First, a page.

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For example, you can say, her hands were ice cold. Is there a word to be used in a similar way with still?

The bodies were [...] still.

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  • Petrified still. Frozen still. Feb 15, 2015 at 6:59
  • 'Icy cold' is an alternative for 'ice cold'. Jun 23, 2015 at 21:46

6 Answers 6

16

It has a bit of an ominous overtone, but often a very still thing will be described as being deathly still, emphasizing that the stillness is as absolute as death. This applies for people and objects as well as for atmospheres and environments, e.g.

The night was deathly still as Jen exited the subway.

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  • 3
    +1 Sounds like the opening sentence of chapter 1 ... what happens next?
    – user98990
    Feb 15, 2015 at 13:25
13

to be stock-still is a very common expression. It means to be absolutely still, motionless, .

stock-still: He stood stock still, with the tropical sun beating on his skull, and endlessly watched the rise and fall of the ship

Some interesting trivia on its origin and meaning. Stock is an archaic word for log, tree trunk or any stump of wood without branches.

Stock still dates back to the mid-15th century, when we find it in the Scottish poem Golagros and Gawain: "In stede quhare he lay, Stok still as ane stane." Dickens used it in Barnaby Rudge: "The clock - which was very near run down, and would have stood stock-still in half an hour." Both Dutch and German have their counterparts, stokstil and stockstill, respectively.

Source: Take Our Word For It

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How about using the term: 'At Rest'?

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  • While not wrong, this has a very peaceful connotation, which may not jibe with the intended usage: "the bodies were at rest" and "the bodies were deathly still" come across quite differently, IMO.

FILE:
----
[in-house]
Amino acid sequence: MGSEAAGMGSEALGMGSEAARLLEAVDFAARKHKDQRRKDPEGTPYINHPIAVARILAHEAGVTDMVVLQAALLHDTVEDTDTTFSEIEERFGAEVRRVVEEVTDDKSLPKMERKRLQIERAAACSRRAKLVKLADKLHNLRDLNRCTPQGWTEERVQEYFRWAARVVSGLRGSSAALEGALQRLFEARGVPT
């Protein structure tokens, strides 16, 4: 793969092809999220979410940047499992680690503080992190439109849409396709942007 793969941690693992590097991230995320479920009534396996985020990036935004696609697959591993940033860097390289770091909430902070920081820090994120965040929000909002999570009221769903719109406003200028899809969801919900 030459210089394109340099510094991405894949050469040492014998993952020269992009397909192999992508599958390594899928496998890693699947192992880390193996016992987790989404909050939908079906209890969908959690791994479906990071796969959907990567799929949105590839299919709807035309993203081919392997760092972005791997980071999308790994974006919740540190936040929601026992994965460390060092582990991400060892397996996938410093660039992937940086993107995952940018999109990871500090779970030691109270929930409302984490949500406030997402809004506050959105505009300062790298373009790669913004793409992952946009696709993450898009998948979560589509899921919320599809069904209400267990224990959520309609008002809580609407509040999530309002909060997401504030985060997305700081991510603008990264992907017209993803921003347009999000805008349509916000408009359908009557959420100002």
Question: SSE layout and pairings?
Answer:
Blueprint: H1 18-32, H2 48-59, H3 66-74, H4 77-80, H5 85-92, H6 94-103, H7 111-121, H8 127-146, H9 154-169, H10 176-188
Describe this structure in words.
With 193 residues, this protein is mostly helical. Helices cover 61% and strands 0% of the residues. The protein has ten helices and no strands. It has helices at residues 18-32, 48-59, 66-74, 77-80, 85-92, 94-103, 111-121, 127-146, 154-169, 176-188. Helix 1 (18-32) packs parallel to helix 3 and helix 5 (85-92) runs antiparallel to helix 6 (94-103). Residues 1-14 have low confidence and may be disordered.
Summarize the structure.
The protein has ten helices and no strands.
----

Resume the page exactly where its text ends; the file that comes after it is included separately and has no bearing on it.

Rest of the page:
– wchargin
    Feb 16, 2015 at 6:13
  • It's not wrong as an expression, but it's wrong as an answer for OP's request: 'The bodies were [...] still.' Jun 23, 2015 at 21:49
1

The Bible Exodus 15:16 (KJV) has by the greatness of thine arm they shall be as still as a stone, and Shakespeare: King John, IV.1 has “I will not struggle; I will stand stone still.” Google Books estimates nearly 60,000 written instances of the exact text "as still as a stone".


But it's a bit "dated". I would say by far the most common metaphoric reference in use today is...

steady as a rock (cliché) - very steady and unmovable; very stable.

There's also the related hyphenated form rock-steady, but in my experience this usage normally involves extending the sense of steadiness through steadfastness to dependability/reliability (plus it also has a highly specific meaning relating to early Jamaican reggae music).

0

I like "stone still".

e.g. "The bodies were stone still".

"Stock still" is also good. I also think incorporating "stiff" or "stiff as stone/rock" into the sentence somehow would put a good emphasis on the stillness of the bodies. Also, if this sentence really is describing dead bodies, I think "deathly still" would be perfect to expand on that and really make the moment darker and more lethal.

Using an analogy would also help the reader to understand it better, and it all really depends on the context.

e.g. The bodies were deathly still, as still as the night air that surrounded them, as if time itself had stopped to mourn for the perished.

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    – Community Bot
    Feb 6 at 17:38
-1

immobile, dead, paralyzed, frozen

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  • adolythic- Lots wife (whom was turned to salt) was called Ado)
    – Dirk Moby
    Jun 23, 2015 at 0:41
  • 1
    Hi, and thanks for taking the time to post under this question. It's great that you want to help. However, this answer doesn't really seem to be a full answer. When answering it's best, in the case of single-word-requests, to give a good explanation why the word you're suggesting is a good one. If necessary quote and reference a dictionary. Jun 23, 2015 at 14:48

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